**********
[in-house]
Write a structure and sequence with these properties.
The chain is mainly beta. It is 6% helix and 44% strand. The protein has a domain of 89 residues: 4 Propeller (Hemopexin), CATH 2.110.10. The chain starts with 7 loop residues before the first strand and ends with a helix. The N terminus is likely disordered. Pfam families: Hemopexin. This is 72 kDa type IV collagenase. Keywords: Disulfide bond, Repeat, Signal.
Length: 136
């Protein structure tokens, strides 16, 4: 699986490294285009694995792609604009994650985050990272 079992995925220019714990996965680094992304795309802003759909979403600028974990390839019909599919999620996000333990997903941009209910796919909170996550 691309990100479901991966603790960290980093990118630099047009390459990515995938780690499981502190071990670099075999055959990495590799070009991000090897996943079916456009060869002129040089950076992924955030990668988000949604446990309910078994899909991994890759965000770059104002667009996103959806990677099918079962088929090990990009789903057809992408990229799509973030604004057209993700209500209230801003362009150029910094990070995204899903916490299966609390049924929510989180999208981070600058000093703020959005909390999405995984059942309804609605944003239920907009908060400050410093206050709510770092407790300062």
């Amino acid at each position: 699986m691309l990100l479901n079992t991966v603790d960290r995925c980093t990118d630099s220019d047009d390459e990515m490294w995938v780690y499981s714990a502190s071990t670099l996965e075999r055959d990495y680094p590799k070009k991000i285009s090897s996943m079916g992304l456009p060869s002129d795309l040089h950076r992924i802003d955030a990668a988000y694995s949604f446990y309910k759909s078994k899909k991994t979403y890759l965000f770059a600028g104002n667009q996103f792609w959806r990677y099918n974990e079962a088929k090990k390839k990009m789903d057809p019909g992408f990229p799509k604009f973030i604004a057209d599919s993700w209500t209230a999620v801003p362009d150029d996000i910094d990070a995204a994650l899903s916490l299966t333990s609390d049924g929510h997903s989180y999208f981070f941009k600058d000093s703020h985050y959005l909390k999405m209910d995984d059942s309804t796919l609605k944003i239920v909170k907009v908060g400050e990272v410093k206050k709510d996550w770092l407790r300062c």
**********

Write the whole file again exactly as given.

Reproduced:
[in-house]
Write a structure and sequence with these properties.
The chain is mainly beta. It is 6% helix and 44% strand. The protein has a domain of 89 residues: 4 Propeller (Hemopexin), CATH 2.110.10. The chain starts with 7 loop residues before the first strand and ends with a helix. The N terminus is likely disordered. Pfam families: Hemopexin. This is 72 kDa type IV collagenase. Keywords: Disulfide bond, Repeat, Signal.
Length: 136
């Protein structure tokens, strides 16, 4: 699986490294285009694995792609604009994650985050990272 079992995925220019714990996965680094992304795309802003759909979403600028974990390839019909599919999620996000333990997903941009209910796919909170996550 691309990100479901991966603790960290980093990118630099047009390459990515995938780690499981502190071990670099075999055959990495590799070009991000090897996943079916456009060869002129040089950076992924955030990668988000949604446990309910078994899909991994890759965000770059104002667009996103959806990677099918079962088929090990990009789903057809992408990229799509973030604004057209993700209500209230801003362009150029910094990070995204899903916490299966609390049924929510989180999208981070600058000093703020959005909390999405995984059942309804609605944003239920907009908060400050410093206050709510770092407790300062």
């Amino acid at each position: 699986m691309l990100l479901n079992t991966v603790d960290r995925c980093t990118d630099s220019d047009d390459e990515m490294w995938v780690y499981s714990a502190s071990t670099l996965e075999r055959d990495y680094p590799k070009k991000i285009s090897s996943m079916g992304l456009p060869s002129d795309l040089h950076r992924i802003d955030a990668a988000y694995s949604f446990y309910k759909s078994k899909k991994t979403y890759l965000f770059a600028g104002n667009q996103f792609w959806r990677y099918n974990e079962a088929k090990k390839k990009m789903d057809p019909g992408f990229p799509k604009f973030i604004a057209d599919s993700w209500t209230a999620v801003p362009d150029d996000i910094d990070a995204a994650l899903s916490l299966t333990s609390d049924g929510h997903s989180y999208f981070f941009k600058d000093s703020h985050y959005l909390k999405m209910d995984d059942s309804t796919l609605k944003i239920v909170k907009v908060g400050e990272v410093k206050k709510d996550w770092l407790r300062c």